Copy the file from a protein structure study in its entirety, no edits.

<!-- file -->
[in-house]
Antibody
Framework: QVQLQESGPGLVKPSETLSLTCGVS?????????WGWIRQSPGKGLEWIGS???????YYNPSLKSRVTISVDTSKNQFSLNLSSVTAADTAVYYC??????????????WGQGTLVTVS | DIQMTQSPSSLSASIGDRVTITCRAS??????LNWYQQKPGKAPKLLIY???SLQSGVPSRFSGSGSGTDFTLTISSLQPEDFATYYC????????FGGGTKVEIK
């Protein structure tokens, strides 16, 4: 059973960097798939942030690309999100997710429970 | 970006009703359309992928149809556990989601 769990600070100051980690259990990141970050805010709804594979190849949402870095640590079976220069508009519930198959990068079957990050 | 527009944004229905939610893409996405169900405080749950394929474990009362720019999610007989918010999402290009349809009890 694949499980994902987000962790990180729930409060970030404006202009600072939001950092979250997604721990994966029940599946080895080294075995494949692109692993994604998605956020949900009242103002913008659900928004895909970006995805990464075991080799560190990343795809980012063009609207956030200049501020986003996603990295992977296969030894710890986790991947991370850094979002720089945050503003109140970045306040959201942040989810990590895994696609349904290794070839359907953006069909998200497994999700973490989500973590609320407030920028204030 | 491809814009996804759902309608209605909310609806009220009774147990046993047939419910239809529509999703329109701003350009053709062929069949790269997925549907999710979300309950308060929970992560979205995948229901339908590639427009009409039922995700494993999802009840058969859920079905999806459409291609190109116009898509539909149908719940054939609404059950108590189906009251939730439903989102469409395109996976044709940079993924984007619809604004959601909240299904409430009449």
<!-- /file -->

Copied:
[in-house]
Antibody
Framework: QVQLQESGPGLVKPSETLSLTCGVS?????????WGWIRQSPGKGLEWIGS???????YYNPSLKSRVTISVDTSKNQFSLNLSSVTAADTAVYYC??????????????WGQGTLVTVS | DIQMTQSPSSLSASIGDRVTITCRAS??????LNWYQQKPGKAPKLLIY???SLQSGVPSRFSGSGSGTDFTLTISSLQPEDFATYYC????????FGGGTKVEIK
């Protein structure tokens, strides 16, 4: 059973960097798939942030690309999100997710429970 | 970006009703359309992928149809556990989601 769990600070100051980690259990990141970050805010709804594979190849949402870095640590079976220069508009519930198959990068079957990050 | 527009944004229905939610893409996405169900405080749950394929474990009362720019999610007989918010999402290009349809009890 694949499980994902987000962790990180729930409060970030404006202009600072939001950092979250997604721990994966029940599946080895080294075995494949692109692993994604998605956020949900009242103002913008659900928004895909970006995805990464075991080799560190990343795809980012063009609207956030200049501020986003996603990295992977296969030894710890986790991947991370850094979002720089945050503003109140970045306040959201942040989810990590895994696609349904290794070839359907953006069909998200497994999700973490989500973590609320407030920028204030 | 491809814009996804759902309608209605909310609806009220009774147990046993047939419910239809529509999703329109701003350009053709062929069949790269997925549907999710979300309950308060929970992560979205995948229901339908590639427009009409039922995700494993999802009840058969859920079905999806459409291609190109116009898509539909149908719940054939609404059950108590189906009251939730439903989102469409395109996976044709940079993924984007619809604004959601909240299904409430009449």